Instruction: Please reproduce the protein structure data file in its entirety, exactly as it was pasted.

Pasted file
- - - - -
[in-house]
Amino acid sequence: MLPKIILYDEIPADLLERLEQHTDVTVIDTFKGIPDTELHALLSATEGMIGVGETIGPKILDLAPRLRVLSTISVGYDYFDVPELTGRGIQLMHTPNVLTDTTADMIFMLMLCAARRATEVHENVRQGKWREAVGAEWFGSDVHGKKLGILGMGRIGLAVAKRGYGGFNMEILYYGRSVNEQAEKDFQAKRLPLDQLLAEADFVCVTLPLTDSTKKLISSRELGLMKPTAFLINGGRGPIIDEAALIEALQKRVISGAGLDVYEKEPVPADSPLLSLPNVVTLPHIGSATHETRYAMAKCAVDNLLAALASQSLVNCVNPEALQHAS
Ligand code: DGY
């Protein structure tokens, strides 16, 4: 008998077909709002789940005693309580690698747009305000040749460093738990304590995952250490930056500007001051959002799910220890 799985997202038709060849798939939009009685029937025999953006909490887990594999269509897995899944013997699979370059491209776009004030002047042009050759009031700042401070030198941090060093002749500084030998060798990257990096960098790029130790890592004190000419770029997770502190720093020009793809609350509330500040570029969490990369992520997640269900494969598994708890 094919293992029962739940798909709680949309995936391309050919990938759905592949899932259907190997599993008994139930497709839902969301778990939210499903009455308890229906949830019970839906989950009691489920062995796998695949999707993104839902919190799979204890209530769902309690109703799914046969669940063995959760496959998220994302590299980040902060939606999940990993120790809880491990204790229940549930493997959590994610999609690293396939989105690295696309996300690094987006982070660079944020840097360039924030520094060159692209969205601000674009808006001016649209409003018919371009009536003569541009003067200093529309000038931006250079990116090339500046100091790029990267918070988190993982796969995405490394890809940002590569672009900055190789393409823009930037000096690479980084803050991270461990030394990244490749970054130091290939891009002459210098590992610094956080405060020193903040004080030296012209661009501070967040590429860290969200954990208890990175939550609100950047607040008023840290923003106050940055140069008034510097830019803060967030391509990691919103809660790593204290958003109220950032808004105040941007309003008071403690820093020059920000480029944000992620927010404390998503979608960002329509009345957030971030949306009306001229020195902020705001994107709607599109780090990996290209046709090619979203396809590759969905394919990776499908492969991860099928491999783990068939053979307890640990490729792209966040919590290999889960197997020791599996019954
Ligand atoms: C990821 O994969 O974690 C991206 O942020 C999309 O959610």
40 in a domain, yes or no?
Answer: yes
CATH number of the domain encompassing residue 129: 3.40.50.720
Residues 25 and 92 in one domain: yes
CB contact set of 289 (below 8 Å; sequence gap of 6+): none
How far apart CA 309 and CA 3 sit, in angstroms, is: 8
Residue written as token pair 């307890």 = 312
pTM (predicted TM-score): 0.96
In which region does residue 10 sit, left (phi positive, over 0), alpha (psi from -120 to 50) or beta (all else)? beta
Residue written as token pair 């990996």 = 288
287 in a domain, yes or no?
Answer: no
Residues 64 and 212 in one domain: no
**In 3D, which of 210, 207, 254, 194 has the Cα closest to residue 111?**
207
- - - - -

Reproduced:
[in-house]
Amino acid sequence: MLPKIILYDEIPADLLERLEQHTDVTVIDTFKGIPDTELHALLSATEGMIGVGETIGPKILDLAPRLRVLSTISVGYDYFDVPELTGRGIQLMHTPNVLTDTTADMIFMLMLCAARRATEVHENVRQGKWREAVGAEWFGSDVHGKKLGILGMGRIGLAVAKRGYGGFNMEILYYGRSVNEQAEKDFQAKRLPLDQLLAEADFVCVTLPLTDSTKKLISSRELGLMKPTAFLINGGRGPIIDEAALIEALQKRVISGAGLDVYEKEPVPADSPLLSLPNVVTLPHIGSATHETRYAMAKCAVDNLLAALASQSLVNCVNPEALQHAS
Ligand code: DGY
């Protein structure tokens, strides 16, 4: 008998077909709002789940005693309580690698747009305000040749460093738990304590995952250490930056500007001051959002799910220890 799985997202038709060849798939939009009685029937025999953006909490887990594999269509897995899944013997699979370059491209776009004030002047042009050759009031700042401070030198941090060093002749500084030998060798990257990096960098790029130790890592004190000419770029997770502190720093020009793809609350509330500040570029969490990369992520997640269900494969598994708890 094919293992029962739940798909709680949309995936391309050919990938759905592949899932259907190997599993008994139930497709839902969301778990939210499903009455308890229906949830019970839906989950009691489920062995796998695949999707993104839902919190799979204890209530769902309690109703799914046969669940063995959760496959998220994302590299980040902060939606999940990993120790809880491990204790229940549930493997959590994610999609690293396939989105690295696309996300690094987006982070660079944020840097360039924030520094060159692209969205601000674009808006001016649209409003018919371009009536003569541009003067200093529309000038931006250079990116090339500046100091790029990267918070988190993982796969995405490394890809940002590569672009900055190789393409823009930037000096690479980084803050991270461990030394990244490749970054130091290939891009002459210098590992610094956080405060020193903040004080030296012209661009501070967040590429860290969200954990208890990175939550609100950047607040008023840290923003106050940055140069008034510097830019803060967030391509990691919103809660790593204290958003109220950032808004105040941007309003008071403690820093020059920000480029944000992620927010404390998503979608960002329509009345957030971030949306009306001229020195902020705001994107709607599109780090990996290209046709090619979203396809590759969905394919990776499908492969991860099928491999783990068939053979307890640990490729792209966040919590290999889960197997020791599996019954
Ligand atoms: C990821 O994969 O974690 C991206 O942020 C999309 O959610």
40 in a domain, yes or no?
Answer: yes
CATH number of the domain encompassing residue 129: 3.40.50.720
Residues 25 and 92 in one domain: yes
CB contact set of 289 (below 8 Å; sequence gap of 6+): none
How far apart CA 309 and CA 3 sit, in angstroms, is: 8
Residue written as token pair 């307890």 = 312
pTM (predicted TM-score): 0.96
In which region does residue 10 sit, left (phi positive, over 0), alpha (psi from -120 to 50) or beta (all else)? beta
Residue written as token pair 């990996």 = 288
287 in a domain, yes or no?
Answer: no
Residues 64 and 212 in one domain: no
**In 3D, which of 210, 207, 254, 194 has the Cα closest to residue 111?**
207